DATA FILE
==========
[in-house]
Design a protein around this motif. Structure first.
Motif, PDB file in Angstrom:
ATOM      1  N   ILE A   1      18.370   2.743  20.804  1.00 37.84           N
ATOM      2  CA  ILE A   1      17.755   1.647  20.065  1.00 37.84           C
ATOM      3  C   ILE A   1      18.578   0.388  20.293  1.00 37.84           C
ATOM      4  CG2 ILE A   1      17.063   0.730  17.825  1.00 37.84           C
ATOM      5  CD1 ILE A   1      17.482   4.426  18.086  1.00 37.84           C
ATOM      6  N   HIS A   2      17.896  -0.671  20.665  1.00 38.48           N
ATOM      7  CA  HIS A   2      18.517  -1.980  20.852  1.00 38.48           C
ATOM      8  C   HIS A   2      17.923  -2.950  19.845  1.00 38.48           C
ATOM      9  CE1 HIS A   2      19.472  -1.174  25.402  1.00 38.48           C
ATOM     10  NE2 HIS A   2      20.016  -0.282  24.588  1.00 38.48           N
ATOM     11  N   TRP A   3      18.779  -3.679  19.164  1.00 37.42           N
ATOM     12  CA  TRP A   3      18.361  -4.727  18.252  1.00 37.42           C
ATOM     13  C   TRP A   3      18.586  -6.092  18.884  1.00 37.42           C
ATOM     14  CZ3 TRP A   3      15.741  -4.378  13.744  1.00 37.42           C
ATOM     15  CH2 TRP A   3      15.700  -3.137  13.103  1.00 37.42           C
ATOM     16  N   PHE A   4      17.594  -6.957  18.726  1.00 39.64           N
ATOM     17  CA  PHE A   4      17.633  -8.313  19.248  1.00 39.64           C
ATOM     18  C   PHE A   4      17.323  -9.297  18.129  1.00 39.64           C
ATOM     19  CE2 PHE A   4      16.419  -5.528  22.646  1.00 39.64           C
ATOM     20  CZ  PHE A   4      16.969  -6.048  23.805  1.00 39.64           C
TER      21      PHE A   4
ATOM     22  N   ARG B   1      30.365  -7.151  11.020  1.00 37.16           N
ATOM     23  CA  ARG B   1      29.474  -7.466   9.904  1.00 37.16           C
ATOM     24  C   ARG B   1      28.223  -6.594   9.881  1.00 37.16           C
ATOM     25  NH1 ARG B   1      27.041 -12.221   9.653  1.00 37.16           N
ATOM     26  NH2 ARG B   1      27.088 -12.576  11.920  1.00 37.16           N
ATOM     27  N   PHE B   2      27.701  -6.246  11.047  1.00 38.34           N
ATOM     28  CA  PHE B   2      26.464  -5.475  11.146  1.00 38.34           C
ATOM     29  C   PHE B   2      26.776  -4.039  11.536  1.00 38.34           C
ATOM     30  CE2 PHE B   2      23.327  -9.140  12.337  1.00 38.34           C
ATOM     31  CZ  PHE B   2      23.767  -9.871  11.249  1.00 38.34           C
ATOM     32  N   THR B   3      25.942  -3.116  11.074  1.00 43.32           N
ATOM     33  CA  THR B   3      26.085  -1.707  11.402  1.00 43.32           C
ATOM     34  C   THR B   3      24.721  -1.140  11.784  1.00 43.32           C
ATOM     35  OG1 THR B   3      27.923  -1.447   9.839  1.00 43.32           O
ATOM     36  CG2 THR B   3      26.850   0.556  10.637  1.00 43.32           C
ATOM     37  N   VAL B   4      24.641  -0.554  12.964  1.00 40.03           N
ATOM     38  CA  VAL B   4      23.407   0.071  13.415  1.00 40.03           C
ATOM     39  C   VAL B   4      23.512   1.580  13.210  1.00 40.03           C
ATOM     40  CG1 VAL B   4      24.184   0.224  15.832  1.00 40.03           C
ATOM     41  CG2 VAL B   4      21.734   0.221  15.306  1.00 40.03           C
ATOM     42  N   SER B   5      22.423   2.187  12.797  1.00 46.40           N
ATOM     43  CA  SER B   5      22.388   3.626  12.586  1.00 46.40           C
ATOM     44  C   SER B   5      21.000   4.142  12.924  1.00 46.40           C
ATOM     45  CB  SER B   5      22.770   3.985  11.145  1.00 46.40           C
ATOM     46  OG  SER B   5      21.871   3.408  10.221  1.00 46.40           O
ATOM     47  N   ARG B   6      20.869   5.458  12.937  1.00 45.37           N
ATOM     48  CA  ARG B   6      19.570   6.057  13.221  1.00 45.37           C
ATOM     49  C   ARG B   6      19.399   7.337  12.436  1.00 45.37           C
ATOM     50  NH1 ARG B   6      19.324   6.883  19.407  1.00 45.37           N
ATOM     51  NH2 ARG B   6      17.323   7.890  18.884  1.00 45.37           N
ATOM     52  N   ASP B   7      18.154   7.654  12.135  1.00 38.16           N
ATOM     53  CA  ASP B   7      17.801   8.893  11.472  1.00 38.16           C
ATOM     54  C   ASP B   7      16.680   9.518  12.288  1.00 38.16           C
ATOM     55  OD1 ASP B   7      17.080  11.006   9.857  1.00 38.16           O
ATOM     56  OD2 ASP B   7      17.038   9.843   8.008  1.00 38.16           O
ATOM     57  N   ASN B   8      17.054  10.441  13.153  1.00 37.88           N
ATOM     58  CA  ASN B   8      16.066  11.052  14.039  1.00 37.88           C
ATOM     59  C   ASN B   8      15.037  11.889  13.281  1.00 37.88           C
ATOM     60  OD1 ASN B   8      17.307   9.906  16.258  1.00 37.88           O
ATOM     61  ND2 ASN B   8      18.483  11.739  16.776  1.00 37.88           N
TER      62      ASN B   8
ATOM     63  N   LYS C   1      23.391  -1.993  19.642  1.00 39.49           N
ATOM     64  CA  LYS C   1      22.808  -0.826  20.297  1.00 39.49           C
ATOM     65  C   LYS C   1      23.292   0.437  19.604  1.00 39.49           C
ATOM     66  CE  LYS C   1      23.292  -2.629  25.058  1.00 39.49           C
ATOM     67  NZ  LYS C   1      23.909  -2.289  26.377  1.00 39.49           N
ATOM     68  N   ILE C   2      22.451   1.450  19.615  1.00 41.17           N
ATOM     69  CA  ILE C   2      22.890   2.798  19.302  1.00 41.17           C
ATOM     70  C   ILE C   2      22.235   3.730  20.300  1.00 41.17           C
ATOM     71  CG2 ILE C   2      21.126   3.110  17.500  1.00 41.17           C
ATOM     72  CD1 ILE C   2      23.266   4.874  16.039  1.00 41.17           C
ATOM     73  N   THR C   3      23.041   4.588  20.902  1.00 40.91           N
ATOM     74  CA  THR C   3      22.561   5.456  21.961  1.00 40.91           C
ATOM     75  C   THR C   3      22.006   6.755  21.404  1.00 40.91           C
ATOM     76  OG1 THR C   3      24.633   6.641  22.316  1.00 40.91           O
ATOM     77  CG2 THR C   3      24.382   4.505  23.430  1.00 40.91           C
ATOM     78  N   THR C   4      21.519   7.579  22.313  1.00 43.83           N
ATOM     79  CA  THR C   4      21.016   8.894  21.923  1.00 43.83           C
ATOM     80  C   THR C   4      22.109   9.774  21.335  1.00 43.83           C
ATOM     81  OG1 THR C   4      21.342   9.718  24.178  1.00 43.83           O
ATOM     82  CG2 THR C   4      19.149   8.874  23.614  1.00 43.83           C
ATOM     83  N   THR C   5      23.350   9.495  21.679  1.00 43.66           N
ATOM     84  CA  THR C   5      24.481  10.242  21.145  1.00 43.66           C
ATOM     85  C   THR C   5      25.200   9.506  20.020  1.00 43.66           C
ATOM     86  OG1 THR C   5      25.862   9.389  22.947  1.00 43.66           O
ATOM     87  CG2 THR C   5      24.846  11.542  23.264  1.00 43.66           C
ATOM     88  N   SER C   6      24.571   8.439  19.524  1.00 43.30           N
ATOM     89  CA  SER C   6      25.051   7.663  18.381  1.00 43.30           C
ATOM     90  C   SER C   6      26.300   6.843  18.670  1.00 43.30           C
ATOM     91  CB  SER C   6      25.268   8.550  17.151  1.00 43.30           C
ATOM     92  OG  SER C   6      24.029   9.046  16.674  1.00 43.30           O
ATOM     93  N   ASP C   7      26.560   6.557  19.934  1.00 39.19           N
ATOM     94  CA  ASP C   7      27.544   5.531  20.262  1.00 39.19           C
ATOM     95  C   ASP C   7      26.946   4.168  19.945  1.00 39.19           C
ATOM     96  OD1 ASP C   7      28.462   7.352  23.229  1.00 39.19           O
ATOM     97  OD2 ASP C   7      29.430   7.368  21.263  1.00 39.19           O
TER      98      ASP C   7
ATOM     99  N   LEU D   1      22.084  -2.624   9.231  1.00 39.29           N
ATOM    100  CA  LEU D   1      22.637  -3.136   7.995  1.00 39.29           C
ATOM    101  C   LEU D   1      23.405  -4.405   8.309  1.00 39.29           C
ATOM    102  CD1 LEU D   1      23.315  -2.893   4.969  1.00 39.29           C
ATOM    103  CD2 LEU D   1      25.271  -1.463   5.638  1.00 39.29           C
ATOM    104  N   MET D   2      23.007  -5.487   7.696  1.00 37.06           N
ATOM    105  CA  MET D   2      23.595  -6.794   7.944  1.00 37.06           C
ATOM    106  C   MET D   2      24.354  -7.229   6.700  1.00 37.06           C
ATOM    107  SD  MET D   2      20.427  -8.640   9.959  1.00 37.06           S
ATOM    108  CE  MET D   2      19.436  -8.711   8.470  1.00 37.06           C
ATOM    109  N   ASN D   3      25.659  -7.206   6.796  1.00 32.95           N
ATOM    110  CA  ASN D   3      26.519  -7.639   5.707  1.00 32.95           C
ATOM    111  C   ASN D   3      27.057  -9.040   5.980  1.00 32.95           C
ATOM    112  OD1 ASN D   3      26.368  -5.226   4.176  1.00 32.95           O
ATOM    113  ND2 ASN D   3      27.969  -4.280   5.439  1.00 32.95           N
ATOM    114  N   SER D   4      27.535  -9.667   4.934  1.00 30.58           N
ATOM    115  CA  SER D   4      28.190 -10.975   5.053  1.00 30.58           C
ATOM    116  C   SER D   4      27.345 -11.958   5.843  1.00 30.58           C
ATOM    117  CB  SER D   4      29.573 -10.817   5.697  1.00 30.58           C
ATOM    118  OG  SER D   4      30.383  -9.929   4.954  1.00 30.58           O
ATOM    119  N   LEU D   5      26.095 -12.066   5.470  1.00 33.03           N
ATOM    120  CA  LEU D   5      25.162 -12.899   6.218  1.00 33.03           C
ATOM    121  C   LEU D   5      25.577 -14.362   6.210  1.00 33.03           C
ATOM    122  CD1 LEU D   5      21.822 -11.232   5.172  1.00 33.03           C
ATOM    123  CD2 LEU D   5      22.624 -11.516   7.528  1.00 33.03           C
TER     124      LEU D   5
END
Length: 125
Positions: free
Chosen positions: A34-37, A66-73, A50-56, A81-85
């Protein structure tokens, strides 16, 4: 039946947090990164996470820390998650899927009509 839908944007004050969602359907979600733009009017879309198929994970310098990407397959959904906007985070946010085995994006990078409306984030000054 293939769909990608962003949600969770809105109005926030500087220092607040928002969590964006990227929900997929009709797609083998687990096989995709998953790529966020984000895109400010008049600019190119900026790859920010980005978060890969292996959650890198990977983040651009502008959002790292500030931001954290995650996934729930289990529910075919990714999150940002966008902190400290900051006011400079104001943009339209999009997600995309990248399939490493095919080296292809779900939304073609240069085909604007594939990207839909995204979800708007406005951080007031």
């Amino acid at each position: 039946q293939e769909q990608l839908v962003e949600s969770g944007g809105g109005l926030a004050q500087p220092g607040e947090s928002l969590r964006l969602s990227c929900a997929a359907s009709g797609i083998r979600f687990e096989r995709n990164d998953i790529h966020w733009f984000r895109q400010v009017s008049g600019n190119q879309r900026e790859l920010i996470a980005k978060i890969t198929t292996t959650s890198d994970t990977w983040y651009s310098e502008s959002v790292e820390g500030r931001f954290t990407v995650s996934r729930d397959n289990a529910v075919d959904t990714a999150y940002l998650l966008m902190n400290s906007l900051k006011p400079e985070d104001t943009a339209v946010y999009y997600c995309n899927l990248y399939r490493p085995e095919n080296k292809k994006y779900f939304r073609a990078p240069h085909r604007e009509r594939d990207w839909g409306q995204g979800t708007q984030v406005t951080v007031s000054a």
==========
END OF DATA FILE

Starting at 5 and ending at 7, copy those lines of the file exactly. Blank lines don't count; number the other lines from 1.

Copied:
ATOM      2  CA  ILE A   1      17.755   1.647  20.065  1.00 37.84           C
ATOM      3  C   ILE A   1      18.578   0.388  20.293  1.00 37.84           C
ATOM      4  CG2 ILE A   1      17.063   0.730  17.825  1.00 37.84           C